France shuts down Monero cryptojacking botnet

France shuts down Monero cryptojacking botnet

French police have shut down a massive cryptojacking botnet that is reported to have infected over 850,000 machines globally. The botnet was controlled from the Paris region, and had targeted victims in over 100 countries. It has been operational for the past three years and has managed to rake up millions of dollars’ worth of Monero cryptocurrency.

The team from the French C3N center, dubbed cyber gendarmes, was alerted of the botnet in the spring by anti-virus company Avast. As reported by the BBC, Avast had discovered the existence of a private server in Paris that had been sending a virus known as Retadup to Windows computers across the world. The server had especially targeted the Central and South American regions.

To spread the virus, the cybercriminals sent emails promising easy money or erotic pictures. They also relied on infected USB drives. After installing the malware, they would then use the victim’s computer to mine Monero. In some instances, they would also steal user data as was the case when they targeted Israeli hospitals.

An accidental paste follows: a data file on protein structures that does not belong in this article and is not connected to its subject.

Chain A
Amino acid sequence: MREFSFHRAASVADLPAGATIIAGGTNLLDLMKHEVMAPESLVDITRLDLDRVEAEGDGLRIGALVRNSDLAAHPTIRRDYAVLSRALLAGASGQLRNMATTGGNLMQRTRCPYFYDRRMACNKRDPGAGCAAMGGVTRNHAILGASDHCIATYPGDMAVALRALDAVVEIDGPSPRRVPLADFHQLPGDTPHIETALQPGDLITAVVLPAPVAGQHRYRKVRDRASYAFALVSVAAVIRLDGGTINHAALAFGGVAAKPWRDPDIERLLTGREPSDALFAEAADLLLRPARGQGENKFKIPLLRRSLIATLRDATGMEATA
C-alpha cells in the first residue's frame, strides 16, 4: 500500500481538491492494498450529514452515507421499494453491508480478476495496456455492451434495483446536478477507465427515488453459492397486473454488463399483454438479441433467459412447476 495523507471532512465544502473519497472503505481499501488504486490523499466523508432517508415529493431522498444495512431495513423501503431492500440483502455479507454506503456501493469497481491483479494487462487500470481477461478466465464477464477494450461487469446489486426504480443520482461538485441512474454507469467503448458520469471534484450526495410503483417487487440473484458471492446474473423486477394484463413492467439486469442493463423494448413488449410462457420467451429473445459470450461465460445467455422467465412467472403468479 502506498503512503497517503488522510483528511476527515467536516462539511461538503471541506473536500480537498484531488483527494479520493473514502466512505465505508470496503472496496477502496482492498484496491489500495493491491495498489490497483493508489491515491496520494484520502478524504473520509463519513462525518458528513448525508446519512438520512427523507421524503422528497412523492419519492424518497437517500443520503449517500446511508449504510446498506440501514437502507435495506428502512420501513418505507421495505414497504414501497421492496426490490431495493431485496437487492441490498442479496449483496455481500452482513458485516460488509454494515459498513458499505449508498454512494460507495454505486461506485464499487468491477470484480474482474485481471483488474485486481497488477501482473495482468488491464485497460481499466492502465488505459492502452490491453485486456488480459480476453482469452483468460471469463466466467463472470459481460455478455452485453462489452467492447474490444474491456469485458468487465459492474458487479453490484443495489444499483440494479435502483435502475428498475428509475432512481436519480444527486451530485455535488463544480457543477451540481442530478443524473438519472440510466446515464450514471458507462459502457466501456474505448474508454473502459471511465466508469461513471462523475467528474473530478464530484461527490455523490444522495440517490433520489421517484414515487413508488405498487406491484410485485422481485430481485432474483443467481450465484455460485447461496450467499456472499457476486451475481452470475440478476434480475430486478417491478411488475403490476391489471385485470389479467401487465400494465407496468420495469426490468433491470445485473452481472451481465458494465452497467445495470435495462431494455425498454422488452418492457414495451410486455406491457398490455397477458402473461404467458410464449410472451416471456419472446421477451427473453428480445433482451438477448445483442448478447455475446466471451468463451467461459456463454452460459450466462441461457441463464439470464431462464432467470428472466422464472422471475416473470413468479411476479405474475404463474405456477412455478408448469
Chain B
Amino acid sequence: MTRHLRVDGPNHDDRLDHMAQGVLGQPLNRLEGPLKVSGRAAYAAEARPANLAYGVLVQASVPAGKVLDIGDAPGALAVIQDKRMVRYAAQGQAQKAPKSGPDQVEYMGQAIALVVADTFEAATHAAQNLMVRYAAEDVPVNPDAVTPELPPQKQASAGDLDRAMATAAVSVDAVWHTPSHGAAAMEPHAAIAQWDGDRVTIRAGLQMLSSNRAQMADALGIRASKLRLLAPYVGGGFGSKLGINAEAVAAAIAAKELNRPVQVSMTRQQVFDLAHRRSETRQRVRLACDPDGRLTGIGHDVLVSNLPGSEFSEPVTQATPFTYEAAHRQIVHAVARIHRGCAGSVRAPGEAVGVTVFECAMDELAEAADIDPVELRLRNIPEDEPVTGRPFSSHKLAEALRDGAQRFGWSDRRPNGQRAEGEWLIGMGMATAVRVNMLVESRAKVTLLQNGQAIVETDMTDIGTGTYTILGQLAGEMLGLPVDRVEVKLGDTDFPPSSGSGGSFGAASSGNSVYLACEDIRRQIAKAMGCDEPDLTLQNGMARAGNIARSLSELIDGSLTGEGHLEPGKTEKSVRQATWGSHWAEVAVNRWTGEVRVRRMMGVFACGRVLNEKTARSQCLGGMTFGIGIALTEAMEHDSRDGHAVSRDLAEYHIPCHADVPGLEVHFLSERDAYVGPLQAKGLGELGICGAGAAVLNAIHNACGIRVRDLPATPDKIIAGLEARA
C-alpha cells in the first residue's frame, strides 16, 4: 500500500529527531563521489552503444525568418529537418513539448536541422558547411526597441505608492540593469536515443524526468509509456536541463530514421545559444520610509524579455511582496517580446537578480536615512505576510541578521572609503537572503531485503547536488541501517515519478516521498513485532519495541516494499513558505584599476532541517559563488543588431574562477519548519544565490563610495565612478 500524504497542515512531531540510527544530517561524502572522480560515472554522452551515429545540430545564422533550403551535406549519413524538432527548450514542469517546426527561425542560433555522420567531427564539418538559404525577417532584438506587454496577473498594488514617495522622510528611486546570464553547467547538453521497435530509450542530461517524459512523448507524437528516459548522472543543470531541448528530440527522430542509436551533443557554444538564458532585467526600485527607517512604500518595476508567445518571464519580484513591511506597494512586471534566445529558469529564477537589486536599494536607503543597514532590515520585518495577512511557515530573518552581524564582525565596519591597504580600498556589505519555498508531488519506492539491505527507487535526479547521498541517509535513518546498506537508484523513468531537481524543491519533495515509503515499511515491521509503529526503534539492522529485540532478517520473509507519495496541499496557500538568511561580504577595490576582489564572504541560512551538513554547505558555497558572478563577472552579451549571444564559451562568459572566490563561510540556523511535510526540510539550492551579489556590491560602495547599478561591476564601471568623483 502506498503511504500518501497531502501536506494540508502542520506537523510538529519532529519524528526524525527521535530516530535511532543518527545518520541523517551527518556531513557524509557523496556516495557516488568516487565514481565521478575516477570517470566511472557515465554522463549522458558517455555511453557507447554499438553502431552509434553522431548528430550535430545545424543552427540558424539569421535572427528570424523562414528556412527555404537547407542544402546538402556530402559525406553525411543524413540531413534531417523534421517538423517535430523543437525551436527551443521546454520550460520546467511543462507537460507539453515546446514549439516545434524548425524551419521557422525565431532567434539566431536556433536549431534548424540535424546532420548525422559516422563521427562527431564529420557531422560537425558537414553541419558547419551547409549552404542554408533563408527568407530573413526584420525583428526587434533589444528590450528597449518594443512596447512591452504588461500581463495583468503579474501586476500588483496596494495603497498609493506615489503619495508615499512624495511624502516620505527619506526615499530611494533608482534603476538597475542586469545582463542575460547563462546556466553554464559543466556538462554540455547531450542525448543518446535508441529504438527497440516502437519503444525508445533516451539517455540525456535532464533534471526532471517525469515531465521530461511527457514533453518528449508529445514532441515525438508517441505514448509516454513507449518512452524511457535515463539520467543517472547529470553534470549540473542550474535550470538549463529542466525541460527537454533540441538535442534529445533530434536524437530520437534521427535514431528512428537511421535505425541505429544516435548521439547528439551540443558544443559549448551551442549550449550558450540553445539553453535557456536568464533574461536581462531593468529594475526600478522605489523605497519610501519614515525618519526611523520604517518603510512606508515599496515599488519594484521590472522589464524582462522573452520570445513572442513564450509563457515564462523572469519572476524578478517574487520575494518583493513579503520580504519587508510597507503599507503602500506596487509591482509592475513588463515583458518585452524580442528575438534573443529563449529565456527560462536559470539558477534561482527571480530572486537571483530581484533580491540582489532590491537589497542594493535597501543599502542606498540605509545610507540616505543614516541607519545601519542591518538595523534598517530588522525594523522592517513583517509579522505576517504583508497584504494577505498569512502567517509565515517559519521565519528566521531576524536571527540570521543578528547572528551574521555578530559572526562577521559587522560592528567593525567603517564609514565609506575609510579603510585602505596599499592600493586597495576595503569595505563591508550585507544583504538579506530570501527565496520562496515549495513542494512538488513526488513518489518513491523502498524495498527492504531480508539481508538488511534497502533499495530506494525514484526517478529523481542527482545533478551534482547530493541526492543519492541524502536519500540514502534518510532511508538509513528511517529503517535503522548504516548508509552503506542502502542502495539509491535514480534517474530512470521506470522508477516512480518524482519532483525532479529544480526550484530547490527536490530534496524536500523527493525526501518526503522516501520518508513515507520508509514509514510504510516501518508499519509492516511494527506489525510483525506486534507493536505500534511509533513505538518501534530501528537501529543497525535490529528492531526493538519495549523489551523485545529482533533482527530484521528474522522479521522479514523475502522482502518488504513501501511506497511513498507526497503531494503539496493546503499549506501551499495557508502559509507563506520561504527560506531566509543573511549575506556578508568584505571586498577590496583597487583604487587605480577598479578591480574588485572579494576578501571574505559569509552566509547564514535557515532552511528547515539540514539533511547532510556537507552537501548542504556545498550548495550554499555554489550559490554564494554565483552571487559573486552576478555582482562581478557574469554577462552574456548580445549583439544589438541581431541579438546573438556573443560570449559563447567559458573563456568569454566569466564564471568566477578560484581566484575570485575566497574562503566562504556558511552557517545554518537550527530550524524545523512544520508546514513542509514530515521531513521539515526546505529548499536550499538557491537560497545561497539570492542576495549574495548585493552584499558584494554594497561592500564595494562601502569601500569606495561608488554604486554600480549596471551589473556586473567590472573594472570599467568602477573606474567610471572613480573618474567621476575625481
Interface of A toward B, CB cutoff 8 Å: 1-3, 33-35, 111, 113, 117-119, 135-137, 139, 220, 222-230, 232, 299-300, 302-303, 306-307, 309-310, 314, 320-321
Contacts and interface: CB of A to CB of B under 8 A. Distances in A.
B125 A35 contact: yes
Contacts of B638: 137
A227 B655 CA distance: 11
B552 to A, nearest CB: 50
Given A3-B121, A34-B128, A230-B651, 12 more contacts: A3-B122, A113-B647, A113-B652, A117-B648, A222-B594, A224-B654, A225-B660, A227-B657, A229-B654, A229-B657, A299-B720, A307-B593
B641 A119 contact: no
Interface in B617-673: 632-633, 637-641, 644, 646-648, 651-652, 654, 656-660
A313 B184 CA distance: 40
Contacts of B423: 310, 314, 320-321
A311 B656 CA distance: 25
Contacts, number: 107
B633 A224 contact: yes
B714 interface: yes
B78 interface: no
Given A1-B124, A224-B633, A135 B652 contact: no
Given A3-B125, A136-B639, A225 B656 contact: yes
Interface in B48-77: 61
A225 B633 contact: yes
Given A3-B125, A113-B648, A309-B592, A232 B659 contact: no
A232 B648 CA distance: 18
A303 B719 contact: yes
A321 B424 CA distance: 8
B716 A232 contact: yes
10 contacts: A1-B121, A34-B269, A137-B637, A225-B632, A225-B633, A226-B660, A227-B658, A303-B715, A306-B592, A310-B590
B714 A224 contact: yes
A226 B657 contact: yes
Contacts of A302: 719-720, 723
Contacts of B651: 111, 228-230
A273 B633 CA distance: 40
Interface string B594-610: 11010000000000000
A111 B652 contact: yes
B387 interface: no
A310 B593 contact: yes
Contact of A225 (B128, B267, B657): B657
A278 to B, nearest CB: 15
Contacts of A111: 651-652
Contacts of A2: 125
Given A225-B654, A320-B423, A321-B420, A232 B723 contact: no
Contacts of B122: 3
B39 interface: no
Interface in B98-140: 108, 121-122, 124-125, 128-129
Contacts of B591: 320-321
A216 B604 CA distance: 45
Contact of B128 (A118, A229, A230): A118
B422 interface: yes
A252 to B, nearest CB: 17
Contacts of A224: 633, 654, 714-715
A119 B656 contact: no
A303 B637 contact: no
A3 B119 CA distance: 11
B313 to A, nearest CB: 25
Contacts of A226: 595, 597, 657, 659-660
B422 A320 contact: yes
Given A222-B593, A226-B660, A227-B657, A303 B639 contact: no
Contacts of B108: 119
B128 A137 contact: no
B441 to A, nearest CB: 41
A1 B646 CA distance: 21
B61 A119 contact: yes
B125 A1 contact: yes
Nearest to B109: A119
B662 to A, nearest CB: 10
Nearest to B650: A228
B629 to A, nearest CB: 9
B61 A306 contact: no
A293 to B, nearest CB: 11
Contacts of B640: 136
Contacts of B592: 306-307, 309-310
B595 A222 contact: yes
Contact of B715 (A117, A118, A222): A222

The C3N chief Jean Dominique Nollett detailed to France Inter Radio how his team dismantled the network.

Basically, we managed to detect where was the command server, the control tower of the network of infected computers, the ‘botnet. It was copied, replicated with a server of ours, and made to do things that allow the virus to be idle on the victims’ computers.

Nollett also believes that the hackers decided to operate from France as the country has very many servers and is one of the countries that do the most web hosting.

The French authorities also worked with the FBI to thwart the attack. With some of the domains having been registered in the U.S, the French team needed the FBI to block some traffic and direct it to their servers.

The French police will let the server continue to run so that any infected computers that hadn’t been online for the past few weeks can still be disinfected.

Asked what advise he would give the average user to protect himself against such an attack, he stated, “The same thing that I advise my parents: we do not click on the links if we are not sure of the person who sends you the email, we do not click on the attachments either and we put a antivirus and we are trying not to do anything on the Internet.”

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